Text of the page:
Why does a woman stay with a violent man?

For many women staying with a violent man can be a survival strategy, writes Karen Ingala Smith for The Guardian.
Sex workers protest, London, 2014: ‘There should be no hierarchy of victims and every woman counts, no matter what the circumstances of her life and death.’ Photograph: Guy Corbishley/Alamy
Sex workers protest, London, 2014: ‘There should be no hierarchy of victims and every woman counts, no matter what the circumstances of her life and death.’ Photograph: Guy Corbishley/Alamy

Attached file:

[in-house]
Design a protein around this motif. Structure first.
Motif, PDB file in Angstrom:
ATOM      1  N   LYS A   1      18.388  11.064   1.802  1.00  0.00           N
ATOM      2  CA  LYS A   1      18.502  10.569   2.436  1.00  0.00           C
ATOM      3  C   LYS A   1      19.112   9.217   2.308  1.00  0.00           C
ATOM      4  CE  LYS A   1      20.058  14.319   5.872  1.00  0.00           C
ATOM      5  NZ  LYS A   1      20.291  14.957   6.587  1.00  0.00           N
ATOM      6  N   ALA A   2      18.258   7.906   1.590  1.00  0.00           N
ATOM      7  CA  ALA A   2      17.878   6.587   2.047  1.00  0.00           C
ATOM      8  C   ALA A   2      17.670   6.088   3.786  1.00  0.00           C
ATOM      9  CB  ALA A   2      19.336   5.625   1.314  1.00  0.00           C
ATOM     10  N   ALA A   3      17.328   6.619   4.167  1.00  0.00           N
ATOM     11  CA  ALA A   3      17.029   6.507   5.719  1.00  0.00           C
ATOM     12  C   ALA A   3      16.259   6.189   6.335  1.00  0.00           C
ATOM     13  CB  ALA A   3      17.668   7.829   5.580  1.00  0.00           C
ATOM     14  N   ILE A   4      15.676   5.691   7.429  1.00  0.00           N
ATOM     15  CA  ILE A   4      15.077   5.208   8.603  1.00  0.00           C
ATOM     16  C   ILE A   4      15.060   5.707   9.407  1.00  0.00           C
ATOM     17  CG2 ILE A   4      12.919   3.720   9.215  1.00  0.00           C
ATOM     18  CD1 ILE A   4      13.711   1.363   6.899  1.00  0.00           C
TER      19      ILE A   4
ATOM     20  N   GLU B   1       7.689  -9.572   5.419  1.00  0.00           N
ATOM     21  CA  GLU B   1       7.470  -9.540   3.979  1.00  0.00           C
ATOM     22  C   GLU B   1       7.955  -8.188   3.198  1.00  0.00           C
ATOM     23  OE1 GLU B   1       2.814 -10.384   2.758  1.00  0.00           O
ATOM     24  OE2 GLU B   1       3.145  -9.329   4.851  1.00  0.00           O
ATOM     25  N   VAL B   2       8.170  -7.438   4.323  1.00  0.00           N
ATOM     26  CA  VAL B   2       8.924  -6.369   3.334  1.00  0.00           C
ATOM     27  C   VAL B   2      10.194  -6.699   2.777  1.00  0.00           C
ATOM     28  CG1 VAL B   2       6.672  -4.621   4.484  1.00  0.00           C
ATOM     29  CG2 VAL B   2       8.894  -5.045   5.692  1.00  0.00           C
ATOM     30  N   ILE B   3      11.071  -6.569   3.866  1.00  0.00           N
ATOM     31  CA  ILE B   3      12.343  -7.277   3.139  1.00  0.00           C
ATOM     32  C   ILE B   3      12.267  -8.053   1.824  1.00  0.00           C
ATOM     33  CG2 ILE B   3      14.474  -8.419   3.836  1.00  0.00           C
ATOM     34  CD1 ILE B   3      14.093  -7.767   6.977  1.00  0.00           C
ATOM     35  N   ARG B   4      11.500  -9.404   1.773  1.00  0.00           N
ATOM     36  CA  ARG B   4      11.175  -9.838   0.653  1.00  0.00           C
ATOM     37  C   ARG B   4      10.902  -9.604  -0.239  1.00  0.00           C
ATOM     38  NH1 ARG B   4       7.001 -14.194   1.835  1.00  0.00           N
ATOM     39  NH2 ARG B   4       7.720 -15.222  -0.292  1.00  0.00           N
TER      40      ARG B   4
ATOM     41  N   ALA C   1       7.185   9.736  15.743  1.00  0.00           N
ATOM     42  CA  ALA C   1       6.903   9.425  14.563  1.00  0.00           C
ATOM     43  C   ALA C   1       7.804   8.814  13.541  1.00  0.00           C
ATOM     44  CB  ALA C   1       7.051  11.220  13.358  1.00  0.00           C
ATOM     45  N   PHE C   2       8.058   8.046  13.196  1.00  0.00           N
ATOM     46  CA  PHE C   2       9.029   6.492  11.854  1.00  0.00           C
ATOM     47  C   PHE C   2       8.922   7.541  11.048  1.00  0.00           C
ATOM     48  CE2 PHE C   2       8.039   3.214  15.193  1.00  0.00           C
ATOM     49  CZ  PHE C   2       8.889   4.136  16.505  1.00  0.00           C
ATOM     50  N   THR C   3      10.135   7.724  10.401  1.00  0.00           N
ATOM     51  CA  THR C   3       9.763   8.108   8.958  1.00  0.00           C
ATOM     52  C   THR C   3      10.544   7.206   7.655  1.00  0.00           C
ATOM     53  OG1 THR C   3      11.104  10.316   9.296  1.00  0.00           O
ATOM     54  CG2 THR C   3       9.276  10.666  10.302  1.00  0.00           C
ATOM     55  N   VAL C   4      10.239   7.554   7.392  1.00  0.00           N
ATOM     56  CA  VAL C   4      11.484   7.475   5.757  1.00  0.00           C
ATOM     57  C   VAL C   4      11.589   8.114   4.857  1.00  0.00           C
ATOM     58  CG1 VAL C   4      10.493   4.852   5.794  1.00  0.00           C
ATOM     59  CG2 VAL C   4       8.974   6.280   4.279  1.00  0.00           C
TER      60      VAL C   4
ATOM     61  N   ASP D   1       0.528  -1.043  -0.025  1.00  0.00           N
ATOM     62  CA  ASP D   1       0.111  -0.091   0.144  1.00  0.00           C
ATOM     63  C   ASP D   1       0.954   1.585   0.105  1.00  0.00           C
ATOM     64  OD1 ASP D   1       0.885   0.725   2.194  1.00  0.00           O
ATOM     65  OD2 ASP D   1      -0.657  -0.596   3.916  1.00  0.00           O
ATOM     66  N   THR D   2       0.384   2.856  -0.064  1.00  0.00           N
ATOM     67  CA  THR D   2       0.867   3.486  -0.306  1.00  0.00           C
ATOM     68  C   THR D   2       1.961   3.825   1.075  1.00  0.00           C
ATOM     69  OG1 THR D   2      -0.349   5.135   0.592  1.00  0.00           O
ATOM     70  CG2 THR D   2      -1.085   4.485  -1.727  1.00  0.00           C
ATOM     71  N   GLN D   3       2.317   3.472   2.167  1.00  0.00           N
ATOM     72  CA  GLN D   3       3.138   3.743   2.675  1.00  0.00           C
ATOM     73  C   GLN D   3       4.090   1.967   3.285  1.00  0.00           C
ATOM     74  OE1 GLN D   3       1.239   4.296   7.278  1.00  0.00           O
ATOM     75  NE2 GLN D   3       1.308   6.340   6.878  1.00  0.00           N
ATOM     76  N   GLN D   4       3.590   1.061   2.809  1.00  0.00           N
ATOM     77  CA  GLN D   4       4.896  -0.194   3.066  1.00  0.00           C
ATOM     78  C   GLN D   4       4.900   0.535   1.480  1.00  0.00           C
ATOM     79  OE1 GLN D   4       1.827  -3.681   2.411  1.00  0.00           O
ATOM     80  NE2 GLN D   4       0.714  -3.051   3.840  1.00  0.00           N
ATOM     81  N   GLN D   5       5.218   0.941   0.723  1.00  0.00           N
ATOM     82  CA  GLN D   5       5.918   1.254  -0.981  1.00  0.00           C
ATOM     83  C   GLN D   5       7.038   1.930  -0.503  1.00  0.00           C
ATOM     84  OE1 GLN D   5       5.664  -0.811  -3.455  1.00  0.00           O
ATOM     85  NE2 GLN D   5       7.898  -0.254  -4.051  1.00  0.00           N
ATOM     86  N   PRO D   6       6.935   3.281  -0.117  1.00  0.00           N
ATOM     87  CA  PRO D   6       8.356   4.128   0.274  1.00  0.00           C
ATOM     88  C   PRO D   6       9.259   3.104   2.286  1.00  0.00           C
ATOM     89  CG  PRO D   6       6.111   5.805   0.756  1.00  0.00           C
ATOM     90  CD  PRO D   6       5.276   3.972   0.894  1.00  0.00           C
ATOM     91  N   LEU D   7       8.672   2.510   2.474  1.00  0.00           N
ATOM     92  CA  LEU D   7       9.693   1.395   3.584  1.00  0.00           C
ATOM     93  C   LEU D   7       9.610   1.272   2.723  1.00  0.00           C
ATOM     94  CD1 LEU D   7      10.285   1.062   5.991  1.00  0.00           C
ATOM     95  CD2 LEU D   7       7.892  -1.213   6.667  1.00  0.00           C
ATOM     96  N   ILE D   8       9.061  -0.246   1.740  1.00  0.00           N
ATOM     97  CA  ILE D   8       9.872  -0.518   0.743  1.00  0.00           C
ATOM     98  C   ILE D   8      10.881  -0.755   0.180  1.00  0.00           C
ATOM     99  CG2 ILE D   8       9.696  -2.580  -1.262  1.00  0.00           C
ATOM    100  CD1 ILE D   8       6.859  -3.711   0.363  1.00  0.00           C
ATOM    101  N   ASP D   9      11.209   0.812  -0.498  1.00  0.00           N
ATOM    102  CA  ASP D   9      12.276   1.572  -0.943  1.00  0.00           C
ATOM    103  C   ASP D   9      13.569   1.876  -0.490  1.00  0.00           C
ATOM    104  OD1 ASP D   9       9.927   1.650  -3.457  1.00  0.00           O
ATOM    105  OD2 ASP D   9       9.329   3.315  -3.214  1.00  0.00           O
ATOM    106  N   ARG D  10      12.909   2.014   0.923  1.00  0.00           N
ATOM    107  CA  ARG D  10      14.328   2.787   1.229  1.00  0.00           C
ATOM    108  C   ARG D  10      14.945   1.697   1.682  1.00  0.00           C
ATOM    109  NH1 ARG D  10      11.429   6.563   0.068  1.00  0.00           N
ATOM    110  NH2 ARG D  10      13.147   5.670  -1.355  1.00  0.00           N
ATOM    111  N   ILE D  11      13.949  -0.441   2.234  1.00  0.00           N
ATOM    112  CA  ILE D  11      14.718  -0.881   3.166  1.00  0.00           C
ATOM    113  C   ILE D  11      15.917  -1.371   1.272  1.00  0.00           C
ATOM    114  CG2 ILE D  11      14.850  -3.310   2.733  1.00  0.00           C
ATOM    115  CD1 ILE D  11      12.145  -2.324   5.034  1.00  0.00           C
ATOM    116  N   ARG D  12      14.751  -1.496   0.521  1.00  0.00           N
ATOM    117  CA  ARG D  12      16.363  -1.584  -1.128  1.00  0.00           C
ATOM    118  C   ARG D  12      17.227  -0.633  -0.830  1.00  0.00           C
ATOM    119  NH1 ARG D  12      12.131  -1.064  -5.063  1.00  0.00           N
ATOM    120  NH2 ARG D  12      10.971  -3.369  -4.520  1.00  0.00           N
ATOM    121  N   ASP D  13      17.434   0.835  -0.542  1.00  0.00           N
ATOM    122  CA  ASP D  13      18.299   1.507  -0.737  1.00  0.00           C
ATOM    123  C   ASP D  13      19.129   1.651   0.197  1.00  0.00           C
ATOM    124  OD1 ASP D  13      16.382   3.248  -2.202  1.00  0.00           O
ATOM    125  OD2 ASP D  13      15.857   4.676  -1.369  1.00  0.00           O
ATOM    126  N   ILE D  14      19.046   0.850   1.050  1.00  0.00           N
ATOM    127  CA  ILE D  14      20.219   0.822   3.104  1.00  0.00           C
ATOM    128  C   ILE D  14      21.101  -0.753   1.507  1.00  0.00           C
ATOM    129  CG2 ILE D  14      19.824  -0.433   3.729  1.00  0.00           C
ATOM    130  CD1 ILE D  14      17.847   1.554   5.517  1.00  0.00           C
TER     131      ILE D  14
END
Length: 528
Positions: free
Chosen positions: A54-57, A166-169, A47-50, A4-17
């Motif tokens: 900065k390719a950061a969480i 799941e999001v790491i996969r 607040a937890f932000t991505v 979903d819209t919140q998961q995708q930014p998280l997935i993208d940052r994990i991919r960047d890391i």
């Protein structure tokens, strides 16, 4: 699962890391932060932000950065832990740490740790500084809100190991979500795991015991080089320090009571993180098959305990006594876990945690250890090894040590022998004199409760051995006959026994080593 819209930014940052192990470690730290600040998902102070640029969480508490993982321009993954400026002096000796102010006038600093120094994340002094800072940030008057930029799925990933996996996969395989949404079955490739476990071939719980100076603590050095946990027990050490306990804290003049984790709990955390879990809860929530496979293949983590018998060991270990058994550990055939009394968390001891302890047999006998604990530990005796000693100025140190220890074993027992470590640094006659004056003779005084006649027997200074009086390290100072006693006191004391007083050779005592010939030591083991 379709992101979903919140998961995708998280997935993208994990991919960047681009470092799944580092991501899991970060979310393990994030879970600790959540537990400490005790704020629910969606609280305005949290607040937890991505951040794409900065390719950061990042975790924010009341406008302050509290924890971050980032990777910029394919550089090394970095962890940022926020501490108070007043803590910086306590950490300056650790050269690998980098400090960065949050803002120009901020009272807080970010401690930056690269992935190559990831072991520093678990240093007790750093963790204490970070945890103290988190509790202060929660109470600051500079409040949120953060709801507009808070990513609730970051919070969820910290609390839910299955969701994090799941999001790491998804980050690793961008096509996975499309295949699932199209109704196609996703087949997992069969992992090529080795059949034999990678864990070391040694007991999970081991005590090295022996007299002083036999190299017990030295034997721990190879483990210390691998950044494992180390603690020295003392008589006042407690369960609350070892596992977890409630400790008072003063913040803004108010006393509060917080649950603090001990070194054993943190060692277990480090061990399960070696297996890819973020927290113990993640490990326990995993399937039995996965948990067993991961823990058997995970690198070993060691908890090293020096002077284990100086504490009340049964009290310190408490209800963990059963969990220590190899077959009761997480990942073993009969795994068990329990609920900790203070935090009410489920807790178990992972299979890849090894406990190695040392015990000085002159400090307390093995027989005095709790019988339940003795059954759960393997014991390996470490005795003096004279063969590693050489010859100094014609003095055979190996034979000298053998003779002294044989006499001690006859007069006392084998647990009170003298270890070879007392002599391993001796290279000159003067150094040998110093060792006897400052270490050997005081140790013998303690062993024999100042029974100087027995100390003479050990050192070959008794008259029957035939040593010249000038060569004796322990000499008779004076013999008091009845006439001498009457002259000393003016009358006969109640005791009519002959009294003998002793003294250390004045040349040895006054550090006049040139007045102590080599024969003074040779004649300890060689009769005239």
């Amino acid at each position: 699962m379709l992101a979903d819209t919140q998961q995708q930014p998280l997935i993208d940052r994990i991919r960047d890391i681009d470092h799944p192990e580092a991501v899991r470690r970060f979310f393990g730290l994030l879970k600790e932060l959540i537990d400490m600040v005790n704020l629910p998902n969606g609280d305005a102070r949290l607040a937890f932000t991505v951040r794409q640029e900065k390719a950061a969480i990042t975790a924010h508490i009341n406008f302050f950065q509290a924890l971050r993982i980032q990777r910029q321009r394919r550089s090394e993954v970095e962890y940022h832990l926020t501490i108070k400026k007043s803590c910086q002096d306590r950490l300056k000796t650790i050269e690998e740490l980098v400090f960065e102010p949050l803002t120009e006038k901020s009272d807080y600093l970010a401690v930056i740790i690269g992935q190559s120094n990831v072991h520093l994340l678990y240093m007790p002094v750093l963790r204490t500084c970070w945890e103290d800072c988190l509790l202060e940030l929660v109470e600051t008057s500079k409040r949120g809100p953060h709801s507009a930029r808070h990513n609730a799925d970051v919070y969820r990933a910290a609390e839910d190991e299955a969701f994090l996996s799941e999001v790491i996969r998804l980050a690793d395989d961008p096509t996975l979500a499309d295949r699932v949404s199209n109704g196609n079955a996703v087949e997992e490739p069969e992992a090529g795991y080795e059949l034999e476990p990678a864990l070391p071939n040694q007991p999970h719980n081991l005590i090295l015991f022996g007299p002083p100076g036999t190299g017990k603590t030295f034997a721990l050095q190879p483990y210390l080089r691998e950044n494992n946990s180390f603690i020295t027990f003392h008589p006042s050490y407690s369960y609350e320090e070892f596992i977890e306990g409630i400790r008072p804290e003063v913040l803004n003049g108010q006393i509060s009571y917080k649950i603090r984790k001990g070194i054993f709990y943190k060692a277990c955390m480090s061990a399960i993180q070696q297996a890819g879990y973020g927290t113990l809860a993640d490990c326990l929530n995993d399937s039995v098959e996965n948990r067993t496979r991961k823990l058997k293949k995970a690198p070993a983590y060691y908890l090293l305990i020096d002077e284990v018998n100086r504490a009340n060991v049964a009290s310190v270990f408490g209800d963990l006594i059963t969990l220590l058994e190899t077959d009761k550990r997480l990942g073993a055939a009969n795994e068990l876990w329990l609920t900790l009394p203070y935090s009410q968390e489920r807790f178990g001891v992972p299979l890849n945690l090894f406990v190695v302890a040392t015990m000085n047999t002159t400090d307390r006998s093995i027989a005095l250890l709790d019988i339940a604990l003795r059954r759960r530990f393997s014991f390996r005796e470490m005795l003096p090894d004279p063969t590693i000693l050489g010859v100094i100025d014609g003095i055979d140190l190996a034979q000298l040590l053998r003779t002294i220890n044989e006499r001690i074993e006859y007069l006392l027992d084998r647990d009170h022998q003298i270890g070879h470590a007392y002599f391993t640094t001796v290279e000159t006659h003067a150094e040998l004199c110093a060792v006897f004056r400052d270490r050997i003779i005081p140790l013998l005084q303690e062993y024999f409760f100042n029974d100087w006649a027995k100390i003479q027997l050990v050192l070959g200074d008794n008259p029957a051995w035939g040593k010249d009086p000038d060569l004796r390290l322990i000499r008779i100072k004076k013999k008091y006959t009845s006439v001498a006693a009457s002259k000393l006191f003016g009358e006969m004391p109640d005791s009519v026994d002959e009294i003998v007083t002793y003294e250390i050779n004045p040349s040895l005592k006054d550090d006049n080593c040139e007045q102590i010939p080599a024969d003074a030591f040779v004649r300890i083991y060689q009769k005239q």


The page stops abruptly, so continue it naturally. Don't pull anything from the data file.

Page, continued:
Writing a piece to accompany the release of the first Femicide Census report (2009-2015), co-founder Karen Ingala Smith explores how the Femicide Census statistics show us that leaving a violent man is not a straightforward way to escape his danger as at least a third of women killed by a partner or ex-partner were killed after leaving him and of these, approximately three-quarters were killed in the first year.

She outlines how one of the most important things about the Femicide Census is that it looks beyond intimate partner violence, for example to women killed through involvement in prostitution. She addresses the need for a huge shift in norms such as socially constructed gender and the objectification of women that are needed to reduce men’s violence against women.

Read the full article on The Guardian website

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